9 Things Dancers Can Do Right Now To Start A Successful Career

Updated: Sep 24, 2019


What’s the difference between a musician jammin' on the street and musician playing Madison Square Garden to an audience of twenty-thousand people? Is it talent? Commitment? Maybe, but often it’s simply how prepared and knowledgeable the musician is.


As artists, we spend so much time focusing on our craft that we forget about business side of our field. How can we market ourselves and our work to actually make a living doing what we love?


Here’s 9 Things Dancers Can Do Right Now To Start A Successful Career In Dance:


1. Network As Much As You Can:

The more people you know in the industry, the better your chances are at getting discovered by a Talent Agent or dance company. Share your demo with others, pass out headshots, and find areas in your community that are all about dance. You’ll most likely meet individuals who are pursuing the same dream: to be discovered and make a career out of your passion.

So don’t be one sided on this- if someone asks you to share something (and you feel comfortable doing so), do it. That dancer might just become a valuable contact (or your boss!), which could be the difference between you getting your dream job and you staying at home.


2. Study Sets:

Whether it’s small scale or a full production, familiarize yourself with the rules and standards of a film set before you actually step foot on one. If you know anything about a live set already, then you probably also know that time is limited. There is not a lot of time to teach newbies the ins and outs of the industry. Producers, managers, agents and companies are going to expect you to know the basics of how a set runs, what you should do, and how you should do it. Everything else comes with experience!


Need some experience on a set? Dancers can get extensive training on pre-production procedures, filming, and dance techniques with Jordan Mac Studios’ Dance Video Workshops. Check out their concept videos, behind the scenes, and more here:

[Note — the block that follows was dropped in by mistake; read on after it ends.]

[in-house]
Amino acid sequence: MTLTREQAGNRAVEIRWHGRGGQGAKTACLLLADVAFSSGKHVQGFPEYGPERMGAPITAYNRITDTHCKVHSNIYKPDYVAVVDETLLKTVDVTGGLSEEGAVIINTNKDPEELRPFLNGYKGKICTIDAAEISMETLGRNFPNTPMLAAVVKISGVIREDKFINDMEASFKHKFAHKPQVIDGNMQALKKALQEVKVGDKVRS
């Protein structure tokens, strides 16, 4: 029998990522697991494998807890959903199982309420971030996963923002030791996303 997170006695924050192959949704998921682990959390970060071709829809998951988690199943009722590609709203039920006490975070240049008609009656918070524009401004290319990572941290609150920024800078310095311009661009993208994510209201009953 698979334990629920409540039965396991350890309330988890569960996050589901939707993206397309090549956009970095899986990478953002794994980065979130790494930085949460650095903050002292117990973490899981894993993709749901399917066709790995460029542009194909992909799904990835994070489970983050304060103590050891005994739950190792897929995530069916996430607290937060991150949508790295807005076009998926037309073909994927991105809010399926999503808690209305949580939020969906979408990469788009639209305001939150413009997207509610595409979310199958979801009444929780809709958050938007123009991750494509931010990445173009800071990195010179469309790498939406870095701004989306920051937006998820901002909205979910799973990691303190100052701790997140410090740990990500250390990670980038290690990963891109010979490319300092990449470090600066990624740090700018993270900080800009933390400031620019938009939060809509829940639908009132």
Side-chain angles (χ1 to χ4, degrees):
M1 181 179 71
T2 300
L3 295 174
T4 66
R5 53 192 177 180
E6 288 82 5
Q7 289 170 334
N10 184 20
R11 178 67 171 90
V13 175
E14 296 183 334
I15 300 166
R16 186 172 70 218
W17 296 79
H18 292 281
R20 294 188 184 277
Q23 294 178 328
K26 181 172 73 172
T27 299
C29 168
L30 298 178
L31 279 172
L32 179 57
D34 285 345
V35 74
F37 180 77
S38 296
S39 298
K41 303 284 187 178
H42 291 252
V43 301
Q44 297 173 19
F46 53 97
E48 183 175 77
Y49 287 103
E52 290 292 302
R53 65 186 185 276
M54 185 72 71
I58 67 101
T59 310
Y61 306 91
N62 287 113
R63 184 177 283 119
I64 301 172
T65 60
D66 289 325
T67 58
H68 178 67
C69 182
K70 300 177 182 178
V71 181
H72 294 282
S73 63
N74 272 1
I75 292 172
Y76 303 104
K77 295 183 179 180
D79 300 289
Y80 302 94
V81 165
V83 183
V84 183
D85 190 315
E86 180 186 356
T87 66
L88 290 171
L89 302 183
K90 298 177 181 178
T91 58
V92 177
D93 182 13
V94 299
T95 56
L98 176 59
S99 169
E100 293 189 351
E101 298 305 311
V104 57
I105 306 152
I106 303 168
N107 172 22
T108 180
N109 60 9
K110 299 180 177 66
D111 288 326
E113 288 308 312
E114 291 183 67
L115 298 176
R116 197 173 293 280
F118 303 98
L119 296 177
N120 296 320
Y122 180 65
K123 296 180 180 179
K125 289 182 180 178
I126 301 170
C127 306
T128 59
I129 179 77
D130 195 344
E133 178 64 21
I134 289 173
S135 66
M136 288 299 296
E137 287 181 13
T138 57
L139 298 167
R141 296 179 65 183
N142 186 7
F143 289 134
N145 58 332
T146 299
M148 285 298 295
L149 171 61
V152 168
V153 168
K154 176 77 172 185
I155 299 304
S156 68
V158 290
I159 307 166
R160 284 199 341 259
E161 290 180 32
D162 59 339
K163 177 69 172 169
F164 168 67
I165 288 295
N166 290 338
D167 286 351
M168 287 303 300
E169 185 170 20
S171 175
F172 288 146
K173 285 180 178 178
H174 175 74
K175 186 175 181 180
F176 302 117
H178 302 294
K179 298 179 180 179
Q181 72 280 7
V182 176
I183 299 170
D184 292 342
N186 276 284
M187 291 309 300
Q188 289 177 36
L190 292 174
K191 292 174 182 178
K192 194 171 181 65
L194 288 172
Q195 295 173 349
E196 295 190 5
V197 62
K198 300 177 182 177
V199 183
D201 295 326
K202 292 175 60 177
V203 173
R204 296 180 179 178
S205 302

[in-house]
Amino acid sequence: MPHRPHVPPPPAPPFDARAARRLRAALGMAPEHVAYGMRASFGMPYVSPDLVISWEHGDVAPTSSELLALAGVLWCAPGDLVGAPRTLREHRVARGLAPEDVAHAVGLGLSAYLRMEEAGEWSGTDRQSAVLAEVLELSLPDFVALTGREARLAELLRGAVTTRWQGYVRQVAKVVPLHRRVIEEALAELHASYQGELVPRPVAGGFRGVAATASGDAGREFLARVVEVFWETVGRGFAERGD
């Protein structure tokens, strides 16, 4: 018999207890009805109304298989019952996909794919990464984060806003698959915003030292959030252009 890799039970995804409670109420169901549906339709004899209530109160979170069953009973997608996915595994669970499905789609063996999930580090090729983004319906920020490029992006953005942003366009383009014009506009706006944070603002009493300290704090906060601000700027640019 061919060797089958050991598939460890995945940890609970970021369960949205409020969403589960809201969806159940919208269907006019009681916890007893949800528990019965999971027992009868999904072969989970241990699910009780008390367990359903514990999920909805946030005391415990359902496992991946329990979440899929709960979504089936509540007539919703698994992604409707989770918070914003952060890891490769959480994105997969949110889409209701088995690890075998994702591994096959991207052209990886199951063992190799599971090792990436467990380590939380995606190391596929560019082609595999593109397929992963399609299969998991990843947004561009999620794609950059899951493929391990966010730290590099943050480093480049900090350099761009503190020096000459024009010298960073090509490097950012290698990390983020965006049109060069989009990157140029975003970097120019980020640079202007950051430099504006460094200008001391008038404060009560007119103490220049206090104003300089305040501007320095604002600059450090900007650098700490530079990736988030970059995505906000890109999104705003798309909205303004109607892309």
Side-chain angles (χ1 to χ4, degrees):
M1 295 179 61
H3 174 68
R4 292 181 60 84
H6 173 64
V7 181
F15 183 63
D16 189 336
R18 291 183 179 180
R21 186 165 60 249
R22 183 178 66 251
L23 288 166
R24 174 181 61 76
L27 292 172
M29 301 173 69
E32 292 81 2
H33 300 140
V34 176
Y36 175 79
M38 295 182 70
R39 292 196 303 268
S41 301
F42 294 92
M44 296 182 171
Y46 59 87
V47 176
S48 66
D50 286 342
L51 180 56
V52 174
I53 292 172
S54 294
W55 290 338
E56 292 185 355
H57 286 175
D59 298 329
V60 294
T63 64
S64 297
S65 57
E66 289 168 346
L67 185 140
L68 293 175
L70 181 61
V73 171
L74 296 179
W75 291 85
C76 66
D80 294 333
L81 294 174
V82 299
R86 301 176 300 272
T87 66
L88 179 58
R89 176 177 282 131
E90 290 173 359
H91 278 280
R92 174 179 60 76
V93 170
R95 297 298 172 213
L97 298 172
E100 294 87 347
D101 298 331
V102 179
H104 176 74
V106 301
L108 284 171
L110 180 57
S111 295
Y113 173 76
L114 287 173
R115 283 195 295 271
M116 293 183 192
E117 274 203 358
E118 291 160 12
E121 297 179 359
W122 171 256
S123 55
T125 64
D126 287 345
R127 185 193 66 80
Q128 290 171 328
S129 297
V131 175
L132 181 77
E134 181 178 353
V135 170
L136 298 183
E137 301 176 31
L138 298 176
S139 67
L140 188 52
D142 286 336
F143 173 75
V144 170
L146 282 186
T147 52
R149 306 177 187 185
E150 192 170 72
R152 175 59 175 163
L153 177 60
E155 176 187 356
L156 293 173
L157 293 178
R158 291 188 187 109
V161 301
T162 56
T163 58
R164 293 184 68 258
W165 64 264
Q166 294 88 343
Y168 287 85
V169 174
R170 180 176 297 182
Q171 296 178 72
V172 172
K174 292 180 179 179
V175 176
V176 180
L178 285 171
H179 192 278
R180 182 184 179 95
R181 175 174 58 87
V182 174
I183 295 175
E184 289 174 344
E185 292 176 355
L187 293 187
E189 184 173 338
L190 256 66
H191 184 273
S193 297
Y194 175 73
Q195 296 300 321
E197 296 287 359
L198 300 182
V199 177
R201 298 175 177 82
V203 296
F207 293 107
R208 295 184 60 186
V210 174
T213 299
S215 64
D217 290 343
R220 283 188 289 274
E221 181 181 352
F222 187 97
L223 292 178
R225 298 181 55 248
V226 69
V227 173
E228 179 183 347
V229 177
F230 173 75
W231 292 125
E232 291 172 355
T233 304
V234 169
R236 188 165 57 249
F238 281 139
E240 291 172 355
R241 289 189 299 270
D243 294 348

3. Have Great Social Media Accounts:

With this one, sometimes it’s a chicken or an egg sort of deal. Which one comes first: Having a successful social media, or becoming a popular dancer? Ironically, you need one to have the other. Social media is going to be a vital tool for you to have a fulfilling career in dance as well as a place for Talent Agents and companies to view your demos, headshots, and personality, all in one place. The earlier you start building your pages, the sooner you are to land that big job.


Want to learn how to build your social media accounts and attract potential agents/companies? Click here and find out!


4. Practice And Perform As Much As You Can: Freestyle

Is your local dance studio having a masterclass session sometime soon? Maybe there’s a small dance competition coming to your area? Whatever the opportunity is- get out and dance - even if it’s just free-styling (trust me, you’ll want to learn how to dance without choreography). These are moments to grow your craft, so having practical knowledge of performance and the stage is going to make you more valuable to a Talent Agent. Plus, you never know who might be in the audience to watch your show. Don’t miss your shot!


5. Be Diverse (without spreading yourself thin):